Complete Basie-Hefti Studio Sessions 1951-1962 (3 LP on 2 CD)
  • Roulette 52003
    Roulette 52003
  • Roulette 52011
    Roulette 52011
  • Verve V6-8511
    Verve V6-8511
  • Basie & Hefti
    Basie & Hefti

Count Basie

Complete Basie-Hefti Studio Sessions 1951-1962 (3 LP on 2 CD)

Fresh Sound Records

Personnel:
Count Basie (p, lead), Clark Terry, Joe Newman, Snooky Young, Thad Jones, Wendell Culley, Al Porcino, Lamar Wright, Charlie Shavers, Joe Wilder (tp), Johnny Mandel (b-tp), Booty Wood, Al Grey, Henry Coker, Grover Mitchell, Benny Powell (tb), Marshall Royal, Bill Graham, Ernie Wilkins, Paul Quinichette, Eddie Lockjaw Davis, Frank Wess, Frank Foster, Wardell Gray, Lucky Thompson, Billy Mitchell, Charlie Fowlkes (reeds), Freddie Green (g), Eddie Jones, Jimmy Lewis, Buddy Catlett (b), Sonny Payne, Gus Johnson (d), Neal Hefti (arr)

Reference: FSRCD 777

Bar code: 8427328607773

For years arrangers tried to capture the unique, free-wheeling spirit of the early Count Basie band. Eventually, the old spontaneity of the bristling heads surrendered to the creativity of young arrangers like Neal Hefti, who scored the entire performances included in this set. Hefti, who achieved success in commercial popular music and in jazz, was in jazz terms indelibly associated with the new Count Basie Orchestra of the 50s.

From 1951 to 1956, when Basie recorded mainly for the Clef and Verve labels, Heftis subtle compositions eased Basies band evolution into a new, rather stylized ensemble sound, with a solid, forceful rhythmic pulse. The Basie-Hefti collaboration reached its peak in the 1957-58 Roulette albums, "The Atomic Mr. Basie" and "Basie Plays Hefti," with the band a precise yet vigorously expressive unit operating impressively on Heftis originals, replete with soloists who could speak with more authority than many of their big band counterparts. Never before had Basies band been better recorded, the thrill and full potential of its sound caught on tape. And when Basie returned to Verve in 1962, Hefti again provided him with a new set of typically varied arrangements for "On My Way & Shoutin' Again," the last album in a long-lived, memorable and thoroughly craftsmanlike collaboration.



CD 1
01. Little Pony 2:27
02. Sure Thing 3:00
03. Why Not? 3:28
04. Fancy Meetin You 3:00
05. Jive at Five 3:07
06. Every Tub 2:48
07. Plymouth Rock 3:41
08. Bubbles 3.58
09. Softly with Feeling 3:05
10. Cherry Point 3:18
11. You for Me 3:09
12. Two for the Blues 2:47
13. Ska-Di-Dle-Dee-Bee-Doo 3:34
14. Two Franks 3:14
15. Dinner with Friends 3:04
16. Lollypop 3:05
17. Flight of the Foo Birds 3:19
18. Double-O 2:43
19. Whirly-Bird 3:47
20. Duet 4:10
21. The Kid from Red Bank 2:38
22. Midnite Blue 4:25
23. Teddy the Toad 3:16
24. Fantail 2:53

CD 2
01. Li'l Darlin' 4:48
02. Splanky 3:33
03. After Supper 3:23
04. Pensive Miss 3:47
05. Bag a Bones 2:42
06. Has Anyone Here Seen Basie? 2:41
07. Scoot 2:28
08. Sloo Foot 3:06
09. Pony Tail 2:58
10. Late Date 3:16
11. A Little Tempo, Please 2:35
12. Count Down 2:45
13. It's Awf'ly Nice to Be with You 3:32
14. Cute 3:10
15. Rose Bud 3:37
16. I'm Shouting Again 3:47
17. Ducky Bumps 3:32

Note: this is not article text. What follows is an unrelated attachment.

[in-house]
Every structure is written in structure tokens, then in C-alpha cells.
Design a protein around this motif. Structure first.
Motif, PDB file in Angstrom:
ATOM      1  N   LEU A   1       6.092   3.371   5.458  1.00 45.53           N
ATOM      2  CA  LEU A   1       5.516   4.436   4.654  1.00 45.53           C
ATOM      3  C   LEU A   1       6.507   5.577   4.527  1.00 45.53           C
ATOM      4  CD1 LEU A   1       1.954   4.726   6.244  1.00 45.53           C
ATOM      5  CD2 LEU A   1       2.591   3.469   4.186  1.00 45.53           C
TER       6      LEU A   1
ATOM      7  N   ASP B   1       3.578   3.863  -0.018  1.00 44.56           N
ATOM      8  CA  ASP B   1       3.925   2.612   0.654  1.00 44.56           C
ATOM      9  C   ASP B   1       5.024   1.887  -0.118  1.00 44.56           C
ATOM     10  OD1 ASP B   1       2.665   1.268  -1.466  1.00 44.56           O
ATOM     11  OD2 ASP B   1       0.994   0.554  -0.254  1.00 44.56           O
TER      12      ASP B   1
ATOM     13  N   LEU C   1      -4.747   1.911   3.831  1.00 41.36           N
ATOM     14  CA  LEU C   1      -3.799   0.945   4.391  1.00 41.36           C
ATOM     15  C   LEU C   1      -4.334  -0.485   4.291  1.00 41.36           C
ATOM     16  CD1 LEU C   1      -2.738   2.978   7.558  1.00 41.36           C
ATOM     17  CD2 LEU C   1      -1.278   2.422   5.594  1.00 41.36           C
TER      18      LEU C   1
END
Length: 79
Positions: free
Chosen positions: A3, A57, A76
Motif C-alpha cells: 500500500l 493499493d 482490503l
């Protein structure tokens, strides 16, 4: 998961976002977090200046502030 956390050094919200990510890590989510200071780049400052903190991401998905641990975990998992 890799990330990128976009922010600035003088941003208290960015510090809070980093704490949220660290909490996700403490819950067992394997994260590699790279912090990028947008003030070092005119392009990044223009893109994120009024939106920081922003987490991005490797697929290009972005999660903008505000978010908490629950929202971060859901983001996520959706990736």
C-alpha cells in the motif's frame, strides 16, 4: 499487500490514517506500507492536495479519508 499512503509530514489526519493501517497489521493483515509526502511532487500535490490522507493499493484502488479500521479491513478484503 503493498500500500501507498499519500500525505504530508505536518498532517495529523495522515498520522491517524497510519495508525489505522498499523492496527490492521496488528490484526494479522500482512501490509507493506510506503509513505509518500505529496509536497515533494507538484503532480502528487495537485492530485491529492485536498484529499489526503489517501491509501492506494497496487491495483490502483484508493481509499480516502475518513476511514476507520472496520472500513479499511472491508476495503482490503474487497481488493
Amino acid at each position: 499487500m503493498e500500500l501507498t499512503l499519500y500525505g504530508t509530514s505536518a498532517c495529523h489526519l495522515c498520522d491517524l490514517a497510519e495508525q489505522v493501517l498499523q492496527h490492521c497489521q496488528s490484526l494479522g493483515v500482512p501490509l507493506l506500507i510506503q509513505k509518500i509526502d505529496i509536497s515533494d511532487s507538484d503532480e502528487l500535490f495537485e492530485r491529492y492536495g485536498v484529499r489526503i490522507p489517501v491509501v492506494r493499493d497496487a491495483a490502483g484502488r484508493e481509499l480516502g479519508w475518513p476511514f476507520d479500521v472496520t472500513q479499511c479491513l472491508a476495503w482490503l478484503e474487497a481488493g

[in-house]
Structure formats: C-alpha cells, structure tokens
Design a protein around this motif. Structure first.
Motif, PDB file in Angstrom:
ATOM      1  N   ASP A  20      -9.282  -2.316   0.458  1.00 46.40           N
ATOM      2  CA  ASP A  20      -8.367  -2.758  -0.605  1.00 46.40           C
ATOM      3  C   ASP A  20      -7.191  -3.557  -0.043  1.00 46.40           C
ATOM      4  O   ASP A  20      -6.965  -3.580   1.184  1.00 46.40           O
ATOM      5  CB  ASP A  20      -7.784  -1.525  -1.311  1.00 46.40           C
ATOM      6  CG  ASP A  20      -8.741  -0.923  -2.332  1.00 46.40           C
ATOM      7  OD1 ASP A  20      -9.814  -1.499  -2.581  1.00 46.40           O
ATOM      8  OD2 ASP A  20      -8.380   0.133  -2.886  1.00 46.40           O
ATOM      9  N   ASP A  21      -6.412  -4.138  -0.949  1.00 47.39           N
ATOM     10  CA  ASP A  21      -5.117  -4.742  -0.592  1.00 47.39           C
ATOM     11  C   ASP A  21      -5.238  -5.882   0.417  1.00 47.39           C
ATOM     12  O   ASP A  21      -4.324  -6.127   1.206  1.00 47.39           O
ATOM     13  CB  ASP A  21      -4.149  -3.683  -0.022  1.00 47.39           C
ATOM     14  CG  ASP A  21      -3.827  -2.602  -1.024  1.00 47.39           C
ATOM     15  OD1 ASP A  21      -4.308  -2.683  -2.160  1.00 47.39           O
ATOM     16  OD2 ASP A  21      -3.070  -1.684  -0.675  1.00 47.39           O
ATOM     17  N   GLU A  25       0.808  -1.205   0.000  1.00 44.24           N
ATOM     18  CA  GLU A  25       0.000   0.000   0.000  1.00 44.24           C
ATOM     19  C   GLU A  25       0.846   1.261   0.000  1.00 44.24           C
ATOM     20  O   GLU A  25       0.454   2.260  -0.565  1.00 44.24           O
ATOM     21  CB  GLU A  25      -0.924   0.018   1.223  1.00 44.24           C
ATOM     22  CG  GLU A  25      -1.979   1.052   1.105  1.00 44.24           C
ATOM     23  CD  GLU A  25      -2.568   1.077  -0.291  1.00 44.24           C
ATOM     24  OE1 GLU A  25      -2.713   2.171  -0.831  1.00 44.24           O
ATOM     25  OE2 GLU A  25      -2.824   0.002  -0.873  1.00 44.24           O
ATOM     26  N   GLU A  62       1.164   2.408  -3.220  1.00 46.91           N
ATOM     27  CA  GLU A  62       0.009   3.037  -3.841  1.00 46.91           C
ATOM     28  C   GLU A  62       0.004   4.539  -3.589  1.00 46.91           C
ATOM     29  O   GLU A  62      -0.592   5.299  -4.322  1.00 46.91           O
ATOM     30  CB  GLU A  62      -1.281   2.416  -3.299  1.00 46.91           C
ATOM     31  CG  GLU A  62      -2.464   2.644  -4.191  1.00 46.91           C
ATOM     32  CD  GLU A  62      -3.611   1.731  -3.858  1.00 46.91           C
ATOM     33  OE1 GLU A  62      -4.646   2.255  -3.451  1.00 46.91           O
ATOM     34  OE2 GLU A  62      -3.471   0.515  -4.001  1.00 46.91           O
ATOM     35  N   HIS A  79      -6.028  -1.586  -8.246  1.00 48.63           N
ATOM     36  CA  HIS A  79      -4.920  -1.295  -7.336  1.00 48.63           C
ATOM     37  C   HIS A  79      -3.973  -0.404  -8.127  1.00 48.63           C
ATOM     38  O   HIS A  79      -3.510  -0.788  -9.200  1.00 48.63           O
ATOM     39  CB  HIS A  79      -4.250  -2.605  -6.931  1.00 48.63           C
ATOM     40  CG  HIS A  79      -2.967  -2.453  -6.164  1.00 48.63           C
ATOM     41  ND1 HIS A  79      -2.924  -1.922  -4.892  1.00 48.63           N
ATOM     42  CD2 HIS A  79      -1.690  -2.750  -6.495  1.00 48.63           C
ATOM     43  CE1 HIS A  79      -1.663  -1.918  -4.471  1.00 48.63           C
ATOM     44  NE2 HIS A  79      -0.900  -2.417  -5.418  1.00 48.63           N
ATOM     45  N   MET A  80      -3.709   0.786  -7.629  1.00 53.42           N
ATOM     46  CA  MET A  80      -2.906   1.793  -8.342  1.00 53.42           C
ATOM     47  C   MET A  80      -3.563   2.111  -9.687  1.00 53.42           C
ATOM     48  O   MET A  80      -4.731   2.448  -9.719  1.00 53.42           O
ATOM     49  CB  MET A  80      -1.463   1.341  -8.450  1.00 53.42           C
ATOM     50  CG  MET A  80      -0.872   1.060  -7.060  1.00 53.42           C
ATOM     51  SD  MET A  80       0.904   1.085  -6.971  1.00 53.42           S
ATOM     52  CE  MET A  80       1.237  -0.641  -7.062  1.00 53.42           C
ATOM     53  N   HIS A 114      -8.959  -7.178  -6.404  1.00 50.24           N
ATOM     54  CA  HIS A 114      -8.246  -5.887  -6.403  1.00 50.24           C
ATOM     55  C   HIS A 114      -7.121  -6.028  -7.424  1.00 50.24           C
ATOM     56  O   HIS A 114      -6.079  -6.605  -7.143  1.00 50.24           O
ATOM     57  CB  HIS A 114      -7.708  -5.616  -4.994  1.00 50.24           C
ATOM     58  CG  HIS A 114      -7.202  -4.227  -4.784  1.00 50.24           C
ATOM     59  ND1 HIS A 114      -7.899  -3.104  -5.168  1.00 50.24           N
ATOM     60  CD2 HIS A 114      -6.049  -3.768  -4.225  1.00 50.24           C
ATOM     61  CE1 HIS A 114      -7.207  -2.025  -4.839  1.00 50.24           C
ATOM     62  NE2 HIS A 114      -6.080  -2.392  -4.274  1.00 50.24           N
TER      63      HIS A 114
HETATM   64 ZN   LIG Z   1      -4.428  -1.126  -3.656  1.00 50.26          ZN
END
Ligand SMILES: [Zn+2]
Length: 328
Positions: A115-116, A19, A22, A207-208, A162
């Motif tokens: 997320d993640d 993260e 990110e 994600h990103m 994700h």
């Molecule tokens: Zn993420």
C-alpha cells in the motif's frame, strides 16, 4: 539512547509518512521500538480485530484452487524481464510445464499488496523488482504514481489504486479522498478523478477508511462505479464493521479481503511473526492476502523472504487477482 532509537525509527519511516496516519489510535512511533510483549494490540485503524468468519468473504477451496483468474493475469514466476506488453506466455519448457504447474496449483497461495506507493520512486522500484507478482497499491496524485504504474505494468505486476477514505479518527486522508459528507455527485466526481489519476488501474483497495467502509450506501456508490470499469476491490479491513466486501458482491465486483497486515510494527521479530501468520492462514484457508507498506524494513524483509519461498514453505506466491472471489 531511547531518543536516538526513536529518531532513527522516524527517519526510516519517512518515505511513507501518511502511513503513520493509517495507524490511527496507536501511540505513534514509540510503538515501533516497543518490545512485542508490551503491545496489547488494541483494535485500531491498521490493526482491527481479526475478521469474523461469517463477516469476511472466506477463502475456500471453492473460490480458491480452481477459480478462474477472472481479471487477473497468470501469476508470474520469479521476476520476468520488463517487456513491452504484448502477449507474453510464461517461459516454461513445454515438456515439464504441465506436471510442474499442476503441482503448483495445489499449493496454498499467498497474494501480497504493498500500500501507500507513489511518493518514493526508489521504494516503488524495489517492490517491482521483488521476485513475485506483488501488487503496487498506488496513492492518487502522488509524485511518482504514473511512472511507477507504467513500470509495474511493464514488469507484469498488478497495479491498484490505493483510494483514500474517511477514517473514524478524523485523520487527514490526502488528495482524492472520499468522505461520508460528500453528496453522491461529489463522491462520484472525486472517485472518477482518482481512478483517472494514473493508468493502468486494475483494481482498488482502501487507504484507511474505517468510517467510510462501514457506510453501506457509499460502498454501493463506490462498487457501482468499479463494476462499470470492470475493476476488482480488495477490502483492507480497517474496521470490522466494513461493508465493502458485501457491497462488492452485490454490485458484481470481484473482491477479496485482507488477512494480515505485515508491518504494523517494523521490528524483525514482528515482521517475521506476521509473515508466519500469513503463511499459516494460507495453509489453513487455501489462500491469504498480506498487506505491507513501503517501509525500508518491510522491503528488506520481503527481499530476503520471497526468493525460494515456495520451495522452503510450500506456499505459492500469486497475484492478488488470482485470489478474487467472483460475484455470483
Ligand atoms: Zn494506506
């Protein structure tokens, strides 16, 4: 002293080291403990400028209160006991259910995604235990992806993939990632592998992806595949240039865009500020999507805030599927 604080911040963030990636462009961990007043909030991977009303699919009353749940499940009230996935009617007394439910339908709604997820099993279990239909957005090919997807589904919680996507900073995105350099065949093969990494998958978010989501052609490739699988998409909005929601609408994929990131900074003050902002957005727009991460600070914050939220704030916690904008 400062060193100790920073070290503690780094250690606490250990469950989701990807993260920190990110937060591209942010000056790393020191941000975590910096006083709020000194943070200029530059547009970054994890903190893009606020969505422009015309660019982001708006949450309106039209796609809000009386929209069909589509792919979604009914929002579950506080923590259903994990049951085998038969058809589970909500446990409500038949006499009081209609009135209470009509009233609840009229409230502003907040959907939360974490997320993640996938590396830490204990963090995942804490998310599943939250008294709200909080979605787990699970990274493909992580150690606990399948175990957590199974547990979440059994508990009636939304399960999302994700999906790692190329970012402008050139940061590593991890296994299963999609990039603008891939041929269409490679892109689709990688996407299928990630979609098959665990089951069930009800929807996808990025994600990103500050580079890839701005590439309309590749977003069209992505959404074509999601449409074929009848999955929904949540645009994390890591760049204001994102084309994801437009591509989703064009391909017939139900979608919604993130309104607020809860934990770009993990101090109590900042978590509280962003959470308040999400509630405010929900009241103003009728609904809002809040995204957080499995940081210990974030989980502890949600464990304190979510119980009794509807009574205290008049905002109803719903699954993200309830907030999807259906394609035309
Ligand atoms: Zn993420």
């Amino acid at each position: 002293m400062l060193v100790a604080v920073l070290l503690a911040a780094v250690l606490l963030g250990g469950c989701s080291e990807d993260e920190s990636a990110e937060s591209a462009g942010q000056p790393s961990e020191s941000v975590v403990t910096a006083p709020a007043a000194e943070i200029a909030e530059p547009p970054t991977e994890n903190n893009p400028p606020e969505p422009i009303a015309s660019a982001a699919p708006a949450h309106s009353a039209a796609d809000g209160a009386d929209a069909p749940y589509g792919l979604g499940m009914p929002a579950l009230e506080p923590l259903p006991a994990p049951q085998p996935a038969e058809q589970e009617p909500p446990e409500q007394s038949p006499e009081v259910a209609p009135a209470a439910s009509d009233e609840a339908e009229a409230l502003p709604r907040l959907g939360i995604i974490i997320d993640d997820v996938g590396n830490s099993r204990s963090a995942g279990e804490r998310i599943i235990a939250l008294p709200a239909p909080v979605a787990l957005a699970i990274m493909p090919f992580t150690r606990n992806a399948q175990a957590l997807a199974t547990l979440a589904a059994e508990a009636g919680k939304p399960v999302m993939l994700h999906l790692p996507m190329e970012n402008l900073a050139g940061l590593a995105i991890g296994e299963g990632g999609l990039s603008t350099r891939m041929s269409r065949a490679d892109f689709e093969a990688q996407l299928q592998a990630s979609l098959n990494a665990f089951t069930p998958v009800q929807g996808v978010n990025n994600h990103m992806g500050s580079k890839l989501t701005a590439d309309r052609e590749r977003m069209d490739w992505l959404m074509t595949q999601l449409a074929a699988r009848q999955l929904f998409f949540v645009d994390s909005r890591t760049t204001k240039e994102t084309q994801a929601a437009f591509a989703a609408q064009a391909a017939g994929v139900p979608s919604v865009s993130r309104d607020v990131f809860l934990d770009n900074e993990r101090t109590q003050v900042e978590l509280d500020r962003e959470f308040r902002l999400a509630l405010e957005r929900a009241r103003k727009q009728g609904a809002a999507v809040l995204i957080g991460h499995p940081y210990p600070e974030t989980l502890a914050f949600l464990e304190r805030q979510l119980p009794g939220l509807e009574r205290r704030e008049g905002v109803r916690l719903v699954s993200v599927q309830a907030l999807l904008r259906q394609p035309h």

18. The Long Night 3:41
19. Jump for Johnny 3:15
20. Ain't That Right 2:48
21. Together Again 2:42
22. Shanghaied 3:30
23. Skippin' with Skitch 3:59
24. Eee Dee 3:02

Album details

All tracks composed and arranged by Neal Hefti, except CD 1 #5 by Edison-Basie, and #6 by Durham-Basie

Sources CD-1:
Track #1, from Columbia 39406, 78rpm
Track #2, from Mercury/Clef 8964, 78 pm
Tracks #3 & 4, from Mercury/Clef 8988, 78rpm
Track #5, from Clef EPC132, 45rpm
Track #6, from Mercury/Clef 8987, 78rpm
Track #7, from Clef EPC-229, 45rpm
Track #8, from Clef EPC-220, 45rpm
Track #9, from Clef 89112, 78rpm
Track #10, from Clef 89120, 78rpm
Track #11, from Clef 89126, 78rpm
Track #12, from Clef 89131, 78rpm
Track #13, from Clef 89146, 78rpm
Track #14, from Clef EPC-364, 45rpm
Track #15, from the album "April in Paris" (Verve MGV 8012)
Track #16, from the album "Hall of Fame" (Verve MGV 8291)
Tracks #17-24, from the album "The Atomic Mr. Basie" (Roulette 52003)

Sources CD-2:
Tracks #1-3, from the album "The Atomic Mr. Basie" (Roulette 52003)
Tracks #4-14, from the album "Basie Plays Hefti" (Roulette 52011)
Tracks #15-24, from the album "On My Way & Shoutin' Again" (Verve V6/8511)

Note: Although some discographies mention that The Late, Late Show (recorded October 22, 1957) was composed and arranged by Neal Hefti, it was actually written by Murray Berlin and Roy Alfred, and there is no evidence that Hefti was the arranger.

Personnel on CD 1

Track #1: Al Porcino, Lamar Wright, Clark Terry, Bob Mitchell, trumpets; Mitchell Booty Wood, Leon Comegys, Matthew Gee, trombones; Marshall Royal, Rubin Phillips, alto saxes; Wardell Gray, Lucky Thompson, tenor saxes; Charlie Fowlkes, baritone sax; Count Basie, piano; Freddie Green, guitar; Jimmy Lewis, bass; Gus Johnson, drums.
Recorded in New York City, April 10, 1951

Tracks #2,3,4: Paul Campbell, Joe Newman, Charlie Shavers, Wendell Culley, trumpets; Henry Coker, Benny Powell, Jimmy Wilkins, trombones; Marshall Royal, clarinet & alto sax; Ernie Wilkins, alto & tenor sax; Floyd Candy Johnson, Paul Quinichette, tenor saxes; Charlie Fowlkes, baritone sax; Count Basie, piano; Freddie Green, guitar; Jimmy Lewis, bass; Gus Johnson, drums.
Recorded in New York City, January 19, 1952

Tracks #5,6: Omit Benny Powell, Jimmy Wilkins, Marshall Royal, Ernie Wilkins, Floyd Candy Johnson and Charlie Fowlkes on #5.
Recorded on January 25, 1952

Track #7: Reunald Jones, Joe Newman, Paul Campbell, Wendell Culley, trumpets; Johnny Mandel, bass trumpet; Henry Coker, Benny Powell, trombones; Marshall Royal, clarinet & alto sax; Ernie Wilkins, alto & tenor sax; Frank Wess, Frank Foster, tenor saxes; Charlie Fowlkes, baritone sax; Count Basie, piano; Freddie Green, guitar; Eddie Jones, bass; Gus Johnson, drums.
Recorded in Los Angeles, August 13, 1953

Track #8,9,10: Joe Wilder, trumpet & Henderson Chambers, trombone, replace Campbell & Mandel.
Recorded at Fine Sound Studios, New York City, December 12, 1953

Tracks #11,12: Thad Jones, trumpet, and Bill Hughes, trombone, replace Wilder and Chambers.
Recorded at Fine Sound Studios, New York City, August 16 1954

Tracks #13,14: Bill Hughes, replaces Basie on #13.
Recorded at Fine Sound Studios, New York City, August 17, 1954

Tracks #15,16: Bill Graham, alto sax, and Sonny Payne, drums, replace Wilkins and Johnson.